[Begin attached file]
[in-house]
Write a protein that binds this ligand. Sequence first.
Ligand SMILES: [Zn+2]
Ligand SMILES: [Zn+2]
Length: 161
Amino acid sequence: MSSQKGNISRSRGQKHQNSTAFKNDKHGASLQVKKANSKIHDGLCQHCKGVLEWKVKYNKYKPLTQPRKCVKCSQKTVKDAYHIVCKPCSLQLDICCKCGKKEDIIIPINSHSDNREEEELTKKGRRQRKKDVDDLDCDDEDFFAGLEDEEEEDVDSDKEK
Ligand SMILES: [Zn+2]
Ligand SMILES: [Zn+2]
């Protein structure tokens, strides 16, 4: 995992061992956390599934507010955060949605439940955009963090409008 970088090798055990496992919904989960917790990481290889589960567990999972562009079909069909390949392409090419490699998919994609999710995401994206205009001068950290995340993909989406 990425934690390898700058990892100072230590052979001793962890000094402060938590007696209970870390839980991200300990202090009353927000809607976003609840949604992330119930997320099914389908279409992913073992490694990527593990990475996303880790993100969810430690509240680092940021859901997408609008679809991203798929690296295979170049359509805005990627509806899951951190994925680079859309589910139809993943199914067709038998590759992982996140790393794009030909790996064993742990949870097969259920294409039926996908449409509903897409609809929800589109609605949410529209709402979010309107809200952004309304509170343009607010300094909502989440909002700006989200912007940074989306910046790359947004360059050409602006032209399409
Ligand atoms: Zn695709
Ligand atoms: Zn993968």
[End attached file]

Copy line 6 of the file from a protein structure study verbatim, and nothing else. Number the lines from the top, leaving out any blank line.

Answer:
Amino acid sequence: MSSQKGNISRSRGQKHQNSTAFKNDKHGASLQVKKANSKIHDGLCQHCKGVLEWKVKYNKYKPLTQPRKCVKCSQKTVKDAYHIVCKPCSLQLDICCKCGKKEDIIIPINSHSDNREEEELTKKGRRQRKKDVDDLDCDDEDFFAGLEDEEEEDVDSDKEK